By Seth Daniel
Will Corcoran is no artist, or at least that’s what he thought.
In fact, creating art was the furthest thing from his mind until two years ago, when an art career on the side seemingly sought him out and dumped unexpected success on his front garden.
Corcoran lives on the busy corner of Pembroke and Warren Streets and has become famous in the South End for putting up magnificent human forms created by hand out of screen wire and hex wire, leaving them outside in his little front garden for all to see and changing them up about every week. Neighbors and passers-by, and even those on the web, have grown to love his subtle creations that very accurately mimic human forms doing everything from diving for the Olympics to dancing in a Brother’s Grimm fairly tale.
Had he thrown out an old screen in the back room two years ago, none of this excitement would have ever happened to him, he said.
“About two years ago I had some time to kill and had some Home Depot screen stored in the back room,” Corcoran said, noting that his real profession has been as a personal trainer for the last 30 years. “I didn’t want to throw it out so I decided to make something out of it. I didn’t have any sculpting experience. It’s not my profession at all. I started working with the screen and created this human form and took it over to my mother’s house. My brother said, ‘You have something there.’ My mother said, ‘That scares me.’ My brother told me that that you have something if you get different reactions. So, I kept going with it. However, it all started to gel last June, in 2015, when I put my first sculpture outside. Since then, even in the winter, about every 10 days, I’ve been putting stuff up in the garden space outside.”
The reaction from the public has been way more positive than he ever expected.
Those walking by have commented to him regularly about how much they like it, and even gentlemen coming out of the liquor store with a little too much under their belts have asked him what’s up next. Kids in the neighborhood flock to it, and families make an effort to pass by and see what’s new.
Corcoran said part of the magic of it is the feeling of anticipation and ongoing adventure.
“It’s not just seeing what’s out there at the moment and appreciating that,” he said. “Part of it I have found is the anticipation of what’s coming next. That’s an interesting concept. Everyone who comes by knows that on Monday morning or so, there will be something new when they come by. That’s different than a bust or a statue that stays the same all the time. There is this element of anticipation that is really part of it all.”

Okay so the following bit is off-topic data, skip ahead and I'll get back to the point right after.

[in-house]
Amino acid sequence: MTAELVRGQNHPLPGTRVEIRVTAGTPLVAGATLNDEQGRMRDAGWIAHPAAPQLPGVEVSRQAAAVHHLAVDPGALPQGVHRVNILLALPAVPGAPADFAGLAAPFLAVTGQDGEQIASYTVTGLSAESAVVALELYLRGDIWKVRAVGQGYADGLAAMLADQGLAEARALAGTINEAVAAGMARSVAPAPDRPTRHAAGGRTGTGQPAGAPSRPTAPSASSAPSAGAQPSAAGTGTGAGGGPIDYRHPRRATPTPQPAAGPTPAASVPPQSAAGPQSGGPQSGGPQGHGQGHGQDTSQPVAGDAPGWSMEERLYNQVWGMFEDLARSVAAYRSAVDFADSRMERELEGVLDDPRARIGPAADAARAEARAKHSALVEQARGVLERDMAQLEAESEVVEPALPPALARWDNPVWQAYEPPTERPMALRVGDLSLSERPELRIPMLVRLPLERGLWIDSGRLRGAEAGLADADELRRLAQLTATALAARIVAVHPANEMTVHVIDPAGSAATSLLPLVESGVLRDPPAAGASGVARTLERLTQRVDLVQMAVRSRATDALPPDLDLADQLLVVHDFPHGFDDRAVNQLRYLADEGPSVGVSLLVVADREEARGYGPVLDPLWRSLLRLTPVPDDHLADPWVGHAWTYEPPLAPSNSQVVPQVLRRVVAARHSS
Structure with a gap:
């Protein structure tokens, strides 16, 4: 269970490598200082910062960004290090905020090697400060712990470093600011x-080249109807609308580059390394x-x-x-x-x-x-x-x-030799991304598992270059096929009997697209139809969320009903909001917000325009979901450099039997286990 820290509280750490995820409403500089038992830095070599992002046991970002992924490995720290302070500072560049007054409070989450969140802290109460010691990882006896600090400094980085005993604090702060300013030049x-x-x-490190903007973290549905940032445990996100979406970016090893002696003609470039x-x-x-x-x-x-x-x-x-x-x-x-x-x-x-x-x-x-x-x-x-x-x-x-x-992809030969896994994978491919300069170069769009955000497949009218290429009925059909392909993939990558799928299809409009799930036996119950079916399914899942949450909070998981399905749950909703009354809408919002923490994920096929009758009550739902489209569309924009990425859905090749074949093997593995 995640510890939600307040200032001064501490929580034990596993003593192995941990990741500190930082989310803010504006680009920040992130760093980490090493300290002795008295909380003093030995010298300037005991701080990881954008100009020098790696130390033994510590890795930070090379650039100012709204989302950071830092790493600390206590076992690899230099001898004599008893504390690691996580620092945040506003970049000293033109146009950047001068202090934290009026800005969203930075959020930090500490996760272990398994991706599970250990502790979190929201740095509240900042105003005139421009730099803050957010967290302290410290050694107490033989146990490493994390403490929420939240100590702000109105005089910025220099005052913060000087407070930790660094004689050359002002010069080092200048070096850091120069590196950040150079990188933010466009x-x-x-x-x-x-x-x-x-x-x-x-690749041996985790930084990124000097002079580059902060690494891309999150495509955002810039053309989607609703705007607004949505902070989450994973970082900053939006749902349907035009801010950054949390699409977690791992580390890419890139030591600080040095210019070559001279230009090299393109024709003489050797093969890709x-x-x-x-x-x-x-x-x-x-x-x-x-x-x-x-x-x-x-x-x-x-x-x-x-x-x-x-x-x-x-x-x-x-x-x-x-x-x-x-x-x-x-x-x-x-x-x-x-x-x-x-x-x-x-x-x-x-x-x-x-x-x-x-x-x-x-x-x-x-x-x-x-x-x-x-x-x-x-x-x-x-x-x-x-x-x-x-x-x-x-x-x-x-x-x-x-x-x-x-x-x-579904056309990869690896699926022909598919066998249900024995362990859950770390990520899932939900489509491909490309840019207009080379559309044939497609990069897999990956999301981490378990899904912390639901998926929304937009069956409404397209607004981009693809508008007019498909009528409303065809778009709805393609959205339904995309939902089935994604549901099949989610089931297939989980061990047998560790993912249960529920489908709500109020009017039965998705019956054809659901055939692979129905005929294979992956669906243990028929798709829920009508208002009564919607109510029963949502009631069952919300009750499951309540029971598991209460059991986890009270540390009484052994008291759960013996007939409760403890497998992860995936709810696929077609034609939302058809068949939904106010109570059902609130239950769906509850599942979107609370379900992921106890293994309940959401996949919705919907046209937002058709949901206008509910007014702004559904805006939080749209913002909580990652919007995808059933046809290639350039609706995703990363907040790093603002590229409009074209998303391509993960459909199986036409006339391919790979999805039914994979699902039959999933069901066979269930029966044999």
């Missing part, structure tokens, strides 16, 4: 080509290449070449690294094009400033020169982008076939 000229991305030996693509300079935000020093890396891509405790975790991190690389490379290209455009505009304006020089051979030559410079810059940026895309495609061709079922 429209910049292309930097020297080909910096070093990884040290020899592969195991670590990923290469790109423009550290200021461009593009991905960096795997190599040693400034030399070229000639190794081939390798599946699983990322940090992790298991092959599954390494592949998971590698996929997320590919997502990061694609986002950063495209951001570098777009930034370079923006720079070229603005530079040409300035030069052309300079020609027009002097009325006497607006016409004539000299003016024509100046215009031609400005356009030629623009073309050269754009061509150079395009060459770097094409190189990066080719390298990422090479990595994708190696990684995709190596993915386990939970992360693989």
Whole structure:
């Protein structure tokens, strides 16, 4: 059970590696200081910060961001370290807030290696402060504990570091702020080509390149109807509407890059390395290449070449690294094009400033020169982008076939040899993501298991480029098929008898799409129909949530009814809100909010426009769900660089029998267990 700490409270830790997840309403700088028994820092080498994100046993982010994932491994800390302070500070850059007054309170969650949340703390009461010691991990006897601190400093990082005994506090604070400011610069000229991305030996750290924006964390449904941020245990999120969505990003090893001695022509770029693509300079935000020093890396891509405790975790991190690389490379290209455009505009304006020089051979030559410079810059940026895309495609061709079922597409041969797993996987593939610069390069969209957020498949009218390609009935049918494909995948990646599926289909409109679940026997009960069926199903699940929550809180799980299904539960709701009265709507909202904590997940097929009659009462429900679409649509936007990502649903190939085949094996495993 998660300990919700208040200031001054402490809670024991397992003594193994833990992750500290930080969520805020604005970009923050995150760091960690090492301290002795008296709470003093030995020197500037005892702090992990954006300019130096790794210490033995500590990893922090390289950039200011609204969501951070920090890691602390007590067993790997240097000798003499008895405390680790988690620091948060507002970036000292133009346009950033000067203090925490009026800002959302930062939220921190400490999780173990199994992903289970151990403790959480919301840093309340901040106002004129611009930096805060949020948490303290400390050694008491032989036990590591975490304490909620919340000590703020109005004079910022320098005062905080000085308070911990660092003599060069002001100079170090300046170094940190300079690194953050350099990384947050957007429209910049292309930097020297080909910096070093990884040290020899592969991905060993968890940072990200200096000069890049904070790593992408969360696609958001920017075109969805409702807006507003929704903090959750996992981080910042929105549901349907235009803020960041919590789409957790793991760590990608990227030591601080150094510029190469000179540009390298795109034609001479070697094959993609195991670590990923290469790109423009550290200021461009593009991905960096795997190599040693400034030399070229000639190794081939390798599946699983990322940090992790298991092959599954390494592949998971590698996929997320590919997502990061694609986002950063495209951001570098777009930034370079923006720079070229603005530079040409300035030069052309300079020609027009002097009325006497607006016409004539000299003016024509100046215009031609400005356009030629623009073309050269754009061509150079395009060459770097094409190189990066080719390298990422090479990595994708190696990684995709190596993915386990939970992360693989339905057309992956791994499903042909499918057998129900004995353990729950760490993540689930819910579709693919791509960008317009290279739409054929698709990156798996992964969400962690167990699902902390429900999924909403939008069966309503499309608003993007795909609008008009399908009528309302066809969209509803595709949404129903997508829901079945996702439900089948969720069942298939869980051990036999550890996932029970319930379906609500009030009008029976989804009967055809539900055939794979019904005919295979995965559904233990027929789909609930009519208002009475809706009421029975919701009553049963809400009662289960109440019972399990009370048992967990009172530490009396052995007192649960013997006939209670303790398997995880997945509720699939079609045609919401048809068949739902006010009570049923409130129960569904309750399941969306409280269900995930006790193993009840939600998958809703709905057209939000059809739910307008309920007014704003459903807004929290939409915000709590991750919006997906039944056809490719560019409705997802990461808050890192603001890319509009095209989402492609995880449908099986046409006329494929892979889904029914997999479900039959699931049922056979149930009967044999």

Corcoran spends his free time on weekends sculpting the forms in the second floor of his natural-light rich home on Pembroke Street. He said that if he’s not careful, he can wipe away 10 hours or more concentrating on forming a new piece. Using his knowledge of the human form from his profession, he uses his hands to shape the metal wire into a face, a leg, an arm or any other such part. He has created an entire series of princesses and characters from the original Brother’s Grimm tales. And he has created special pieces lately that celebrate the Olympics, one that features divers in a diving position and another that highlights a gymnast on the rings.
Things, however, began to take off when more and more people began to see his work and it got spread on the Internet.
He sold a piece at the Provincetown Art Association, and he has several works displayed in a store at SoWa on Harrison Avenue. He had a show of 19 figures, the Brother’s Grimm pieces, at the South End Public Library, and he is about to have a professional show as part of the Provincetown Art Association.
“This has all been a very ongoing, exciting adventure,” he said. “I’m telling you now, I cannot draw. I couldn’t even color within the lines as a kid. If someone would have told me three years ago that this would happen to me, I would have said they were out of their minds. I’ve decided to have fun with it. I didn’t think it was very good at all, but people told me it was very good. I had no idea. To have something like this happen is really enjoyable because I expect nothing from it and I’m constantly surprised.”
Perhaps the biggest surprise has been the appreciation and respect that the neighborhood and those passing through have had for his screen sculptures. To date, no one has touched or vandalized even a portion of the figures.
“Not once has anything happened,” he said. “No one bothers it. The whole neighborhood supports it. I’ve even had people from the liquor store half in the bag ask me what I am going to put up next. It’s all walks of life that enjoy this. I was nervous at first about that, but I had to let go and it’s been exciting to see everyone so respectful.”
To see the latest piece from Will Corcoran, just swing by the corner of Pembroke and Warren in the South End.